Preis and Fry for state Senate Sun endorsements: For Harford's House seats, James, Boutin, Walter in 34

Parrott, Glassman in 35.

October 13, 1998

THE RACE in Harford County attracting the most attention beyond the county is for state Senate in District 34 between two delegates, Democrat Mary Louise Preis and Republican Nancy Jacobs. Case in point: Last month, fresh from engineering the defeat of a moderate colleague who favored a woman's right to choose an abortion, conservative Republican Sen. Larry E. Haines of Carroll County told a reporter his next goal was to help elect GOP gubernatorial candidate Ellen R. Sauerbrey -- and Ms. Jacobs.

Ms. Jacobs, described as a darling of the religious right, made a name for herself in Annapolis almost overnight. Her ideological stands, however, seem more suited to Newt Gingrich's Congress than the Maryland legislature.

She is the candidate most likely to inject religion where it does not belong. "We share a strong burden to see the Lord be given His rightful position of authority over the lives of not only our families but of our country as well," said a newsletter for a conservative group she led before her first campaign in 1994.

Her efforts to make Maryland a right-to-work state may reflect a ++ national GOP agenda but dishonors the union roots of Harford countians whose fathers and grandfathers worked in Baltimore County factories. When "smart growth," a strategy to curtail sprawl that eats at Harford and other Maryland counties, passed the House 131-8, she was one of the eight against. She sought to require phonics in public schools, an effort that failed, thankfully, since lawmakers have no business tying educators' hands.

If any legislator could make reading policy, it's Ms. Preis, a former English teacher with a master's degree in linguistics. But she resists the "quick fix." She helped craft complex reform in the courts and health care. She's no soft touch on crime either, seeking to open juvenile court proceedings to public scrutiny. Ms. Preis is Harford's best choice for Senate.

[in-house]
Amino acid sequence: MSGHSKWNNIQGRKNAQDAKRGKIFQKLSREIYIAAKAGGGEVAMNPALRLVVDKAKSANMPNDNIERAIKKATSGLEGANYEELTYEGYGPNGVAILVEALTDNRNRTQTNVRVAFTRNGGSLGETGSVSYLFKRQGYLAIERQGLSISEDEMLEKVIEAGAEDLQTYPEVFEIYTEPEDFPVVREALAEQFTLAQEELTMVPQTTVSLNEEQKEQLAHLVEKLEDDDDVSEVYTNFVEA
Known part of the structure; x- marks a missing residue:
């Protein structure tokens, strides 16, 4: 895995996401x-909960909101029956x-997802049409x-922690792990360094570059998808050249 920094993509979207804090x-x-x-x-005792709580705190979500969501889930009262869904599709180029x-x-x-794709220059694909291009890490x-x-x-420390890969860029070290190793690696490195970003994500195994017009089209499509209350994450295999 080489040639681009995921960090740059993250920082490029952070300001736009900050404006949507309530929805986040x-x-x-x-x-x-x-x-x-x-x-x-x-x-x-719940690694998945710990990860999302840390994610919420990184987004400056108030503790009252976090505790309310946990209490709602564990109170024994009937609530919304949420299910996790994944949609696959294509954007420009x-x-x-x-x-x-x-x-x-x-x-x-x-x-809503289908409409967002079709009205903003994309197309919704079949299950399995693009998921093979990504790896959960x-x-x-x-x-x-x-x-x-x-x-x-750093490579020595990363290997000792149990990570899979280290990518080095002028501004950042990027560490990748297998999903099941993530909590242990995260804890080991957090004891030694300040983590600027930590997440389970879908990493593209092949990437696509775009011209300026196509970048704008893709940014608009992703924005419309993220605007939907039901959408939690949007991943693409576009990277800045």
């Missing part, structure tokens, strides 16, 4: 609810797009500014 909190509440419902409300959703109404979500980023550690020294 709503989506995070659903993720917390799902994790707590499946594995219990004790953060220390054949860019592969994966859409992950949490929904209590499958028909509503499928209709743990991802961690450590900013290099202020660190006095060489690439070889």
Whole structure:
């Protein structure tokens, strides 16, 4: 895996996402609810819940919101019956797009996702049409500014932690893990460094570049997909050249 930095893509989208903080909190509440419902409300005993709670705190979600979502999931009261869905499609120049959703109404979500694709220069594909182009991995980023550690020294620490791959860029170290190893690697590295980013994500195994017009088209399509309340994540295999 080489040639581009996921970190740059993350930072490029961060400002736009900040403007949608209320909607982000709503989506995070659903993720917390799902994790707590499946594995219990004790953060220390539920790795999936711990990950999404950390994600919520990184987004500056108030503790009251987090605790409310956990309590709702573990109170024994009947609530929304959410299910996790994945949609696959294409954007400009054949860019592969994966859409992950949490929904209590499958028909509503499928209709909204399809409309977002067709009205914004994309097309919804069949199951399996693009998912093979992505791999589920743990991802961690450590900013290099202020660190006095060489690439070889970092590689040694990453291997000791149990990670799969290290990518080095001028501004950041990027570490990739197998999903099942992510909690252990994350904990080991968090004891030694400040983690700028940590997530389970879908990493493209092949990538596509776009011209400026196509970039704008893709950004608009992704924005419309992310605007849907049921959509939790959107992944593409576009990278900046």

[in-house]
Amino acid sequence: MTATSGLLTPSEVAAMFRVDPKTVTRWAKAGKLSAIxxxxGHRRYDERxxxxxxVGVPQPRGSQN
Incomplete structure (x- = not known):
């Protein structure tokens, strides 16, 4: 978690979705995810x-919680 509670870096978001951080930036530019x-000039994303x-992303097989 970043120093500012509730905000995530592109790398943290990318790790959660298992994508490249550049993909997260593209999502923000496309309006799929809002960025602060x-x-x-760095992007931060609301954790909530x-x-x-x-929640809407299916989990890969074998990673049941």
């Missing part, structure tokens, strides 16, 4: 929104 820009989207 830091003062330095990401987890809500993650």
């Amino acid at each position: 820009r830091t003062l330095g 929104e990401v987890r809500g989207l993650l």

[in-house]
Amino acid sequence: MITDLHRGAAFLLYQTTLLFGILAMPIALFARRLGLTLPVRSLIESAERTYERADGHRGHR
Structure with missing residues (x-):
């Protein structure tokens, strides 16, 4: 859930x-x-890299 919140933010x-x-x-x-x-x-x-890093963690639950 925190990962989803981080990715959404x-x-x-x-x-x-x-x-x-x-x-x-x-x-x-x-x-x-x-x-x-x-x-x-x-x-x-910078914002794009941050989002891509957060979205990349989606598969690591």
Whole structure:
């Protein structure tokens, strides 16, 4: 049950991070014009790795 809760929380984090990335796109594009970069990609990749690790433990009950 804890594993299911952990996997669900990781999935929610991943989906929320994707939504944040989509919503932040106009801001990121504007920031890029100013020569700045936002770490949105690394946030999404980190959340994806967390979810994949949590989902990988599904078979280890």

For the three House seats in District 34, we favor Mary-Dulany James, daughter of William S. James, a former state treasurer and Senate president; fellow Democrat Robin Walter, a nurse and lobbyist conversant in health care and state government, and Republican Charles R. Boutin, the energetic mayor of Aberdeen.

In District 35, which straddles northern Harford and Cecil counties, Democrat Donald C. Fry seeks to retain the Senate seat to which he was appointed after William H. Amoss' death a year ago. He's a solid lawmaker who has been active in long-range transportation planning. His Republican opponent, former county Councilman J. Robert Hooper, lacks a broad perspective. He seems to view most problems through the narrow prism of his successful trash disposal business.

For Harford's two House seats in District 35A, Republicans Barry Glassman and Joanne S. Parrott get our support because of the dedication they've shown as county council members. Democratic incumbent Michael G. Comeau, appointed last year to fill Mr. Fry's seat when he moved to the Senate, cast a troubling vote that helped bury a bill against drunken driving.

Tomorrow: Districts 6, 7 and 8

Pub Date: 10/13/98

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